Solidarity in Colleyville, Texas

Rabbi Rick Jacobs, the president of the Union for Reform Judaism, of which the synagogue is a member, said that Jewish institutions have taken security seriously for quite some time. “We live in a world that is certainly challenging to many and especially to our Jewish community,” Jacobs told the Forward Saturday evening. “But we also know that we have enormous support from our community, from our interfaith relationships. See how many have already raised their voices in solidarity with us.” He added: “We have to do our Jewish holy work – that is what gives our life meaning.”

Local imams were working with law enforcement to offer their help in talking with the hostage. And representatives of the Anti-Defamation League were on the ground working with the FBI. “Being vigilant is unfortunately part of the American Jewish experience,” the ADL’s Greenblatt said on MSNBC.

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This is the latest in a string of attacks on synagogues in recent years. In October 2018, a shooter killed 11 people in a mass shooting at Tree of Life in Pittsburgh, the deadliest antisemitic incident in American history. In April 2019, a gunman killed one woman and injured others during a shooting at the Chabad of Poway that took place on the final day of Passover.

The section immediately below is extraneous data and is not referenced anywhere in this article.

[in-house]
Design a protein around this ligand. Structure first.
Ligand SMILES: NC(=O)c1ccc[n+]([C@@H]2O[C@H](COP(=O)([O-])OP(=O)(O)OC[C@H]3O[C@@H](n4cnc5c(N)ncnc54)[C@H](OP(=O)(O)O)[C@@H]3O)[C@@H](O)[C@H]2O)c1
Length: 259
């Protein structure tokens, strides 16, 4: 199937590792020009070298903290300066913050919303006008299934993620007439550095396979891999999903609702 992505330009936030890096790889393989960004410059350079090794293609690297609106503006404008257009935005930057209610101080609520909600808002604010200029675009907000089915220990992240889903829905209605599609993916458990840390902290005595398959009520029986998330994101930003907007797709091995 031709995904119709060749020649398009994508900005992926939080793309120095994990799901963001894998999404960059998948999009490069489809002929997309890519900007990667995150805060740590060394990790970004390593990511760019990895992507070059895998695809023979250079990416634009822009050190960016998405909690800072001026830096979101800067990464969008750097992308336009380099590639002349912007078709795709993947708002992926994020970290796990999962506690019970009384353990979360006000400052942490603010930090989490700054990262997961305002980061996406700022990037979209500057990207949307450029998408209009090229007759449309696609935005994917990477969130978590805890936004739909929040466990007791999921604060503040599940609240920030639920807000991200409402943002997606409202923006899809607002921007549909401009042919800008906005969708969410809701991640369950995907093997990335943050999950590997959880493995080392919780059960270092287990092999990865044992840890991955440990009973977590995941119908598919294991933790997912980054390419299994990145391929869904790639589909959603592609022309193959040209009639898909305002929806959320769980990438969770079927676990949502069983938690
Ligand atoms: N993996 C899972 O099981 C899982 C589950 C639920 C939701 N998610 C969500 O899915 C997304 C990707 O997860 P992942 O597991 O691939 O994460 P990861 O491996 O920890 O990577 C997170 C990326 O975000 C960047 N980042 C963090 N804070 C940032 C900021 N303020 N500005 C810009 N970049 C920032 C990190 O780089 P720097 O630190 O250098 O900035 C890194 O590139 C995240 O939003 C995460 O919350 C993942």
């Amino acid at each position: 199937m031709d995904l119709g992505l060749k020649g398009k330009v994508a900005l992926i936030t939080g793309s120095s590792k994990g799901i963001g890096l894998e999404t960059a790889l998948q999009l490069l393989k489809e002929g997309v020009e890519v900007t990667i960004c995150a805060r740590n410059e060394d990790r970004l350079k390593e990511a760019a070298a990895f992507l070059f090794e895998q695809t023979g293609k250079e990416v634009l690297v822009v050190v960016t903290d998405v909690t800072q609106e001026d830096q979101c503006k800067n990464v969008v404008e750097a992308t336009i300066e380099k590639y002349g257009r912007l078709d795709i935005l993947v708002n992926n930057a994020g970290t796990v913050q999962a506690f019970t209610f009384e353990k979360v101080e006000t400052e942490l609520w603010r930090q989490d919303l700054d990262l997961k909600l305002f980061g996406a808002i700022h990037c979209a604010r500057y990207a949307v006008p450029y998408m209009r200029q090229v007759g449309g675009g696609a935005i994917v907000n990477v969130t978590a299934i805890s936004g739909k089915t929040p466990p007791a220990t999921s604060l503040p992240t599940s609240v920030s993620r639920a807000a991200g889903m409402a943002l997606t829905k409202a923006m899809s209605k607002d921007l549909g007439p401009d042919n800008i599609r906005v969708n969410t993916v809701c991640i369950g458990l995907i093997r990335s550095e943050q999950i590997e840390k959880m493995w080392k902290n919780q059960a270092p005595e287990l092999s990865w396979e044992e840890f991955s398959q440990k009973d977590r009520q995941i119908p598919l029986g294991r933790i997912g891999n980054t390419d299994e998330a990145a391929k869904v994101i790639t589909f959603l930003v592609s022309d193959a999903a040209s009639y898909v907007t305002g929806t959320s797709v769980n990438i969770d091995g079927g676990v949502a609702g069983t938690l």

“Collectively, we must spare no effort to ensure that American Jews are safe in their houses of worship and community centers,” the Conference of Presidents of Major American Jewish Organizations wrote in a statement. “Pittsburgh, Poway, Jersey City, and now Colleyville, must not become the ‘new normal’ for our community.”

Edward Ahmed Mitchell of the Council on American-Islamic Relations called the attack “an unacceptable act of evil and said: “No cause can justify or excuse this crime.”

The mayor of Dallas, Eric Johnson, said that local police deployed additional patrols to other Dallas synagogues as a precaution.

“I think the shocking part is that it was in my community,” said Smith, the congregant. “It’s not shocking that it was a Jewish community.” She added: “Every single attack is painful, but it is almost inevitable that it will happen again.”

Anna Salton Eisen, who donated the land where the synagogue sits and served as its first president, told The Times that the event had shaken her not just as someone who cares about the congregation, but as the child of Holocaust survivors. “We want to feel safe, not just in the community, but in our world,” she said.

Lauren Markoe, Rob Eshman, Talya Zax, Louis Keene and Robin Washington contributed reporting. The JTA also contributed to this story.